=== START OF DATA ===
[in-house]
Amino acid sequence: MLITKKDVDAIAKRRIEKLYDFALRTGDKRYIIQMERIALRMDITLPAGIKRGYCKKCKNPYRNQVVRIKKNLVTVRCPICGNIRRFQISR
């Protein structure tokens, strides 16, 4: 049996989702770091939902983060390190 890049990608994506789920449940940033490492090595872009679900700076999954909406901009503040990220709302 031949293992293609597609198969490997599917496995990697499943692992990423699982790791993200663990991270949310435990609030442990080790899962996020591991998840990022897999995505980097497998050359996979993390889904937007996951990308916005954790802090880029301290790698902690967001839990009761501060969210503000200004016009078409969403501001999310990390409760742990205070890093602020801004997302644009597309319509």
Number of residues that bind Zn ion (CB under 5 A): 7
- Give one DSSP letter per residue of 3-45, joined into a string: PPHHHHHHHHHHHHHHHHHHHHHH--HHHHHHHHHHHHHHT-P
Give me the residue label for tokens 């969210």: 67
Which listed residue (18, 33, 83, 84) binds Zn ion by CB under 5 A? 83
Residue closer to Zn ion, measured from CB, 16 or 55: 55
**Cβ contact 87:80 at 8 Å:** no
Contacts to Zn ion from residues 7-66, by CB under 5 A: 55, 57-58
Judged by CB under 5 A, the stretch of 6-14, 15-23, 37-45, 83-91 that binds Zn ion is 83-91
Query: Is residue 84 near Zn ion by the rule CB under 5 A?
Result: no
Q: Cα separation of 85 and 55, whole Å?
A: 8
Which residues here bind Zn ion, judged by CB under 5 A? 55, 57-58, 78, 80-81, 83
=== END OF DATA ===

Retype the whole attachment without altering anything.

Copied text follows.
[in-house]
Amino acid sequence: MLITKKDVDAIAKRRIEKLYDFALRTGDKRYIIQMERIALRMDITLPAGIKRGYCKKCKNPYRNQVVRIKKNLVTVRCPICGNIRRFQISR
């Protein structure tokens, strides 16, 4: 049996989702770091939902983060390190 890049990608994506789920449940940033490492090595872009679900700076999954909406901009503040990220709302 031949293992293609597609198969490997599917496995990697499943692992990423699982790791993200663990991270949310435990609030442990080790899962996020591991998840990022897999995505980097497998050359996979993390889904937007996951990308916005954790802090880029301290790698902690967001839990009761501060969210503000200004016009078409969403501001999310990390409760742990205070890093602020801004997302644009597309319509």
Number of residues that bind Zn ion (CB under 5 A): 7
- Give one DSSP letter per residue of 3-45, joined into a string: PPHHHHHHHHHHHHHHHHHHHHHH--HHHHHHHHHHHHHHT-P
Give me the residue label for tokens 């969210």: 67
Which listed residue (18, 33, 83, 84) binds Zn ion by CB under 5 A? 83
Residue closer to Zn ion, measured from CB, 16 or 55: 55
**Cβ contact 87:80 at 8 Å:** no
Contacts to Zn ion from residues 7-66, by CB under 5 A: 55, 57-58
Judged by CB under 5 A, the stretch of 6-14, 15-23, 37-45, 83-91 that binds Zn ion is 83-91
Query: Is residue 84 near Zn ion by the rule CB under 5 A?
Result: no
Q: Cα separation of 85 and 55, whole Å?
A: 8
Which residues here bind Zn ion, judged by CB under 5 A? 55, 57-58, 78, 80-81, 83